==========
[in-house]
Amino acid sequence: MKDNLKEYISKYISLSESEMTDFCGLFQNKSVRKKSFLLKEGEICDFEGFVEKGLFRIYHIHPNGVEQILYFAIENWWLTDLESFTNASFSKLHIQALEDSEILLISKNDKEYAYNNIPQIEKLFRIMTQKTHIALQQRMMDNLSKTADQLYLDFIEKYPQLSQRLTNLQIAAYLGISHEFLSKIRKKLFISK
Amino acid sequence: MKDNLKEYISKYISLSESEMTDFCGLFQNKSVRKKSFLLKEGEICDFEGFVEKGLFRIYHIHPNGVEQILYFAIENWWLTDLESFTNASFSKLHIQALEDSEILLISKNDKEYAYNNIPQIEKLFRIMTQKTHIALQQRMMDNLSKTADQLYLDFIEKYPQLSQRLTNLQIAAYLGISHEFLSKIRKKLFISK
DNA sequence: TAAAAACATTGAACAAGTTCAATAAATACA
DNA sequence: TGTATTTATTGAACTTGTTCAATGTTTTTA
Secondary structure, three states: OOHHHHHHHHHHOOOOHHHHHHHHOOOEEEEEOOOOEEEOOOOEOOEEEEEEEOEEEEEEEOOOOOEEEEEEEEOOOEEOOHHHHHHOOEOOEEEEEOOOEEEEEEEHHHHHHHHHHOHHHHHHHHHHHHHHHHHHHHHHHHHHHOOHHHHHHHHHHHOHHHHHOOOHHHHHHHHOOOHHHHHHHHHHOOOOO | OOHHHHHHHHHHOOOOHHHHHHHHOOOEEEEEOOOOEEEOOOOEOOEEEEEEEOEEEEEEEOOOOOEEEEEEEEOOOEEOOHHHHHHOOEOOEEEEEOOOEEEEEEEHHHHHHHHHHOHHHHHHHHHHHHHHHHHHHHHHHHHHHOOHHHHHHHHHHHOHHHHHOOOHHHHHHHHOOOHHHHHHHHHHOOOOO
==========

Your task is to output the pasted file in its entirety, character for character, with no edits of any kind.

[in-house]
Amino acid sequence: MKDNLKEYISKYISLSESEMTDFCGLFQNKSVRKKSFLLKEGEICDFEGFVEKGLFRIYHIHPNGVEQILYFAIENWWLTDLESFTNASFSKLHIQALEDSEILLISKNDKEYAYNNIPQIEKLFRIMTQKTHIALQQRMMDNLSKTADQLYLDFIEKYPQLSQRLTNLQIAAYLGISHEFLSKIRKKLFISK
Amino acid sequence: MKDNLKEYISKYISLSESEMTDFCGLFQNKSVRKKSFLLKEGEICDFEGFVEKGLFRIYHIHPNGVEQILYFAIENWWLTDLESFTNASFSKLHIQALEDSEILLISKNDKEYAYNNIPQIEKLFRIMTQKTHIALQQRMMDNLSKTADQLYLDFIEKYPQLSQRLTNLQIAAYLGISHEFLSKIRKKLFISK
DNA sequence: TAAAAACATTGAACAAGTTCAATAAATACA
DNA sequence: TGTATTTATTGAACTTGTTCAATGTTTTTA
Secondary structure, three states: OOHHHHHHHHHHOOOOHHHHHHHHOOOEEEEEOOOOEEEOOOOEOOEEEEEEEOEEEEEEEOOOOOEEEEEEEEOOOEEOOHHHHHHOOEOOEEEEEOOOEEEEEEEHHHHHHHHHHOHHHHHHHHHHHHHHHHHHHHHHHHHHHOOHHHHHHHHHHHOHHHHHOOOHHHHHHHHOOOHHHHHHHHHHOOOOO | OOHHHHHHHHHHOOOOHHHHHHHHOOOEEEEEOOOOEEEOOOOEOOEEEEEEEOEEEEEEEOOOOOEEEEEEEEOOOEEOOHHHHHHOOEOOEEEEEOOOEEEEEEEHHHHHHHHHHOHHHHHHHHHHHHHHHHHHHHHHHHHHHOOHHHHHHHHHHHOHHHHHOOOHHHHHHHHOOOHHHHHHHHHHOOOOO